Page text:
Friday, July 27, 2012

The Elements of [Cake] Style


Are you interested in a simple and delicious yellow cake recipe that can be used to make Boston Cream Pie, coffee cake, fruit cobbler and more? Then pull up your chair.

This cake, while delicious on its own,  is meant to be a building block for a dessert, where it can play a starring or a supporting role.  (It's the culinary equivalent of those women's magazine features, the ones that show you how to get 45 different looks with just seven basic garments.) 

How do I know this?  For one, the recipe is called Cake.  Just Cake.  And check out the back of the recipe card, where Mrs. Belle De Graffe, the recipe's author, provides "Suggestions for the use of this cake."




Because I had  fresh sour cherries on hand, the last of this year's harvest, I chose to make an upside down cake, but I imagine this versatile recipe would be equally delicious in any of the suggested applications.

And, it's nearly foolproof.  You can see below how I forgot to add the baking powder until the very end (it should have been incorporated much earlier, with the flour), and it still worked beautifully.


Upside down cake is normally made with fruit at the bottom of the pan, along with sugar and butter, so I liberally added some brown and white sugar and plenty of butter, scattered over the fruit.  And then to be sure, I added some more.  (I did not photograph this particular indulgence, just the pristine cherries, below.)


Next, I mixed the batter and poured it over the fruit (and butter/sugar) mixture, spreading it with a spatula to cover.  I used an eight-inch pan, but a nine- or ten-inch one would have better accommodated the amount of batter.


This cake should have been left in the oven a bit longer.  But we were late visiting our friends and I had no choice but to pull it from the oven.




But despite what I thought was an underdone cake, friends Karin and Jim raved about it, especially Karin.  Well, it certainly was moist.


It didn't hurt that we enjoyed the cake with some fresh watermelon margaritas by their pool, courtesy of expert mixologist Jim.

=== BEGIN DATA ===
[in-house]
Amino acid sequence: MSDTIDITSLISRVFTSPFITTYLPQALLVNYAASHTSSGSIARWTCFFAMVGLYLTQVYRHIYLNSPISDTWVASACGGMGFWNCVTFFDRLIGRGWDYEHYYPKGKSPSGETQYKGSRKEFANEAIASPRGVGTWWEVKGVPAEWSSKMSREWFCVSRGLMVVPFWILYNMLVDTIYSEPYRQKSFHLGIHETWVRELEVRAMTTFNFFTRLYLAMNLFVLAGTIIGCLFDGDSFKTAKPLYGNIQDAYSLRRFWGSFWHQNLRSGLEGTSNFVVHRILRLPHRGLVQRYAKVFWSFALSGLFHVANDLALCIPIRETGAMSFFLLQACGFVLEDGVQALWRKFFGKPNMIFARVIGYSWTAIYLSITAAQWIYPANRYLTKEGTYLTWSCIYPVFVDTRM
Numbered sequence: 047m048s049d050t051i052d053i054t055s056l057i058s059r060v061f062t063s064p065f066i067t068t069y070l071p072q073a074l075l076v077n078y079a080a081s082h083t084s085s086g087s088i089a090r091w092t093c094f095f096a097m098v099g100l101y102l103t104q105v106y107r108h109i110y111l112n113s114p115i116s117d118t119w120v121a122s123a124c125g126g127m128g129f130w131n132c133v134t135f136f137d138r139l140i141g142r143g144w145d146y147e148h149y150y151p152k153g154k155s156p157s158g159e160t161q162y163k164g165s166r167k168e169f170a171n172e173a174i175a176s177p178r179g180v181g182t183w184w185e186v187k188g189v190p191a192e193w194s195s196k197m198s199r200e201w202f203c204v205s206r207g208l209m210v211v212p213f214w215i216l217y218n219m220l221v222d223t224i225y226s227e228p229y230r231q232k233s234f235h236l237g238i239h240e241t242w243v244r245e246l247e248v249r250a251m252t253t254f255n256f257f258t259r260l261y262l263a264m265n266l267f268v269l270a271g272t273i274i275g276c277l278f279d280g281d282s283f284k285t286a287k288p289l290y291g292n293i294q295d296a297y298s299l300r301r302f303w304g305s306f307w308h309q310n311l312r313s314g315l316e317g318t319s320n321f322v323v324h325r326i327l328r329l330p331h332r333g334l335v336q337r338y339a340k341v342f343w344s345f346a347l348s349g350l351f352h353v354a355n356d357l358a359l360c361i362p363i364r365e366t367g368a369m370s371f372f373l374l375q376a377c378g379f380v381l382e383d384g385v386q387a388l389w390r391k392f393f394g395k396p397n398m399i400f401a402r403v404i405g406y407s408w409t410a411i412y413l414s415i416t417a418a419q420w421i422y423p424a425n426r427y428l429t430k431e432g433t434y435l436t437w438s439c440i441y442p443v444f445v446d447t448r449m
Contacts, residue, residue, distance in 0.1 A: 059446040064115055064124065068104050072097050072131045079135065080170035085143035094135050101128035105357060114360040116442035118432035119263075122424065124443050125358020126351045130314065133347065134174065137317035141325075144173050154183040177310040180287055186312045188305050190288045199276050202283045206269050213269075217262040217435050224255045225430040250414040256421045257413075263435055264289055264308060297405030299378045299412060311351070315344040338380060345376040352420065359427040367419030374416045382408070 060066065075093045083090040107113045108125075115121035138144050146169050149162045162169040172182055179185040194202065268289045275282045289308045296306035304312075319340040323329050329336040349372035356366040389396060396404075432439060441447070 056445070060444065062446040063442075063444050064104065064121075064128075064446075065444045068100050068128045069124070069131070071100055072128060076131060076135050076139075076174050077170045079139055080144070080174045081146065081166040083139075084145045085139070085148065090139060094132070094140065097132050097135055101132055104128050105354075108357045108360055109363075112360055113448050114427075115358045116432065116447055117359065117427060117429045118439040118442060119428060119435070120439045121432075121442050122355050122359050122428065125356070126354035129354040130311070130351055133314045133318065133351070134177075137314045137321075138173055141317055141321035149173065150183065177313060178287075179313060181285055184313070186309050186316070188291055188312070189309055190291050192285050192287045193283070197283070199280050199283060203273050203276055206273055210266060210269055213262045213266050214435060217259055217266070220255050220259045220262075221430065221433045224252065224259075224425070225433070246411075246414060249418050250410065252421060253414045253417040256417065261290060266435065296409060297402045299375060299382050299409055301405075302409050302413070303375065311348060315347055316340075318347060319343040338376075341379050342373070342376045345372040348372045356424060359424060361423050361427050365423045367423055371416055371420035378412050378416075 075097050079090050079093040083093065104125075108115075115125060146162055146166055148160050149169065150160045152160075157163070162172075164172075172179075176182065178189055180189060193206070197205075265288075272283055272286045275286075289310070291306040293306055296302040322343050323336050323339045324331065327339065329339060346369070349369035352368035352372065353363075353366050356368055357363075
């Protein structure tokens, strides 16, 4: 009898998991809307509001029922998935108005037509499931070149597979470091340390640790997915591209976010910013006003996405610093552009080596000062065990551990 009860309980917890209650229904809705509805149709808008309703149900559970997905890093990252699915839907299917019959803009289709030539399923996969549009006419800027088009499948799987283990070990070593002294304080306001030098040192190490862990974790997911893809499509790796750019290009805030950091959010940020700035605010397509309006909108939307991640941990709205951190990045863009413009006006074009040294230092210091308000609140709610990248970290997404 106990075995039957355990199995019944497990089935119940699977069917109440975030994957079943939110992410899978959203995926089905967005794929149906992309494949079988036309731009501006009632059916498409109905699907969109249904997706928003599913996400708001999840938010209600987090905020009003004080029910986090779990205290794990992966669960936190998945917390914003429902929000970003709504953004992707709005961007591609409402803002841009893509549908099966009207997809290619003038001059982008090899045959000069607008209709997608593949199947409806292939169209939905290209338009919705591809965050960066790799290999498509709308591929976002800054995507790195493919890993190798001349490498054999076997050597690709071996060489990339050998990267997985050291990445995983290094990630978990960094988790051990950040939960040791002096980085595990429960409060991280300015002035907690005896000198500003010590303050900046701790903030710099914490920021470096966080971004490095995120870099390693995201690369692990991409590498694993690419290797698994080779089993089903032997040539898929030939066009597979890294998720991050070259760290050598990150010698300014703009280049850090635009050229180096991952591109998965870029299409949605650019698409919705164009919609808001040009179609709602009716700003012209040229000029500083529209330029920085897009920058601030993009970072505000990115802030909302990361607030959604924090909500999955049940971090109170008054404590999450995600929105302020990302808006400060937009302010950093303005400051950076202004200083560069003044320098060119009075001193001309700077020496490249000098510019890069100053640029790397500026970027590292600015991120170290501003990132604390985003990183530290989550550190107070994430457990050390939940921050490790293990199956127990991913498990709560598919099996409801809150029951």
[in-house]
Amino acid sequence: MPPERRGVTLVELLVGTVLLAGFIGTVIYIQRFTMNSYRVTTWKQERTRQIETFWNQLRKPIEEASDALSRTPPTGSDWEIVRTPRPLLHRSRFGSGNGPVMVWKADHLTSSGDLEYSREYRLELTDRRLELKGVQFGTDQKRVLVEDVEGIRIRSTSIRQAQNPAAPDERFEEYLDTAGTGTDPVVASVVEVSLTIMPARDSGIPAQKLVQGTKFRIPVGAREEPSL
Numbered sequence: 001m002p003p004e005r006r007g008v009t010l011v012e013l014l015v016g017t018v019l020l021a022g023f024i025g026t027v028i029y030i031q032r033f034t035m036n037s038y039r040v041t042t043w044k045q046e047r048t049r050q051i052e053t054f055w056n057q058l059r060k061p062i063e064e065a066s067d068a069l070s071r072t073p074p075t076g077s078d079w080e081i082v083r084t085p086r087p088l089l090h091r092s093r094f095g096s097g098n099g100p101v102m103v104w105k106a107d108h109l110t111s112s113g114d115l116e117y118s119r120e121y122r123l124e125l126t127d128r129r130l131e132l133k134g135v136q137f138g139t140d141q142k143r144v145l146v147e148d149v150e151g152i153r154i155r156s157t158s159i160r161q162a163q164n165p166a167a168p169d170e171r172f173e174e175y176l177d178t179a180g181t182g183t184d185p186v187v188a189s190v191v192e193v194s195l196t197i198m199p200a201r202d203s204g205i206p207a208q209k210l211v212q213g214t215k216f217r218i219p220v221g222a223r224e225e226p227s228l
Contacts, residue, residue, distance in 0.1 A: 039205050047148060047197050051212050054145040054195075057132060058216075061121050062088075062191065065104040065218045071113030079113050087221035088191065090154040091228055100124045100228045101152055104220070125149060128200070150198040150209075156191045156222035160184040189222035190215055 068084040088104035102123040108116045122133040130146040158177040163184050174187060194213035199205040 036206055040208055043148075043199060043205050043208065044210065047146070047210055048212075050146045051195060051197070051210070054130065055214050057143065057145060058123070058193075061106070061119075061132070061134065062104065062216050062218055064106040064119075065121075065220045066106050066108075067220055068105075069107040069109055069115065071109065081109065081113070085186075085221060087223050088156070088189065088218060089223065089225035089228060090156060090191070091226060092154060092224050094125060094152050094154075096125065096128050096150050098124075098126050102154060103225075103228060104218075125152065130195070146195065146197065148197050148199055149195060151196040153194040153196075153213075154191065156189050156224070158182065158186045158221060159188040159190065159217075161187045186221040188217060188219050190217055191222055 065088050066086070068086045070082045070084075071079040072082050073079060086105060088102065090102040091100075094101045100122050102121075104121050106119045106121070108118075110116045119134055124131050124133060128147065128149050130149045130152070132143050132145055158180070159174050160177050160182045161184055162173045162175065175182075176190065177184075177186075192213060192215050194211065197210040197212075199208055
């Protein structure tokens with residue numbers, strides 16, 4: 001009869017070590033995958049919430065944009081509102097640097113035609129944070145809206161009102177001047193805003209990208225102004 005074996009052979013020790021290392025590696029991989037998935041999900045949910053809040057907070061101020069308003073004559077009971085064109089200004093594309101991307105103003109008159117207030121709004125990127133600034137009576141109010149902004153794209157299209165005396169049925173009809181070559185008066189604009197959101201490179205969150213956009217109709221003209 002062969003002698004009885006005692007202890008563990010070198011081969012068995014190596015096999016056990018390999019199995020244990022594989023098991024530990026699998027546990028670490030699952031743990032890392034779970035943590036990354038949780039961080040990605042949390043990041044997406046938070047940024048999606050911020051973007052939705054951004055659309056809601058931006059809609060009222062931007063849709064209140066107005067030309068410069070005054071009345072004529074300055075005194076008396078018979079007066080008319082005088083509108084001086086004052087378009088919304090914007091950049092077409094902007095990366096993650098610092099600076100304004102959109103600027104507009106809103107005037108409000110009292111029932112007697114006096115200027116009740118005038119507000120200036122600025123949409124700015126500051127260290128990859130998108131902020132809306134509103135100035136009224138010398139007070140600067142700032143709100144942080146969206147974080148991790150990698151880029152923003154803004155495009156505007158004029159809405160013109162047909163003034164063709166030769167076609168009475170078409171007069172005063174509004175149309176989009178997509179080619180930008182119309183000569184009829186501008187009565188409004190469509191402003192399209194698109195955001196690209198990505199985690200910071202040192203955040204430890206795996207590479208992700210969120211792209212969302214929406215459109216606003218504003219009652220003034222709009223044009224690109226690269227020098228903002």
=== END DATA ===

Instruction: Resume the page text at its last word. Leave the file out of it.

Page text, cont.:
10 comments:

  1. This cake couldn´t be easier! And with fresh fruit, just wonderful.

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    1. You're right as always, Paula! Thanks for writing.

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  2. Love your blog and the recipes you share. Could melted butter be used for the "shortening"?

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    1. Absolutely. And I always do. The only thing I use shortening for is greasing the pan. Because the formula for shortening has completely changed since all the recipes I use were written, I have no problem with this one deviation.

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  3. Susan, this recipe looks amazing! Love your blog, i put him to my favorites!

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  4. Oh phoo, I didn't realize that the formula had changed. Do you think I could still use shortening or maybe coconut oil and have it still work? I'm on a dairy free, soy free diet but can have eggs so I cling to any recipes that use anything but butter or margarine (most of which has dairy and/or soy).

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    1. The formula changed several years ago, but I think you could certainly use shortening for this, Cathy. And there are also plenty of butter-free cakes, like Angel Food, genoise, plus butter-free cookies like meringues, which I'm sure you know about. Best of luck!

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  5. How long do you cook it for and at what temperature?

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    1. Good catch, Jennie! I bake everything at 350 degrees (when a temperature is not specified) and start checking for doneness after about 25 minutes. I didn't cook this cake long enough, as I had to take it from the oven after 35 minutes. Every oven is different, so it's hard to estimate the time. I go by my nose (I start checking when the aroma of the cake escapes the oven) and the toothpick test -- when a toothpick inserted in the center of the cake comes out clean, it's done.

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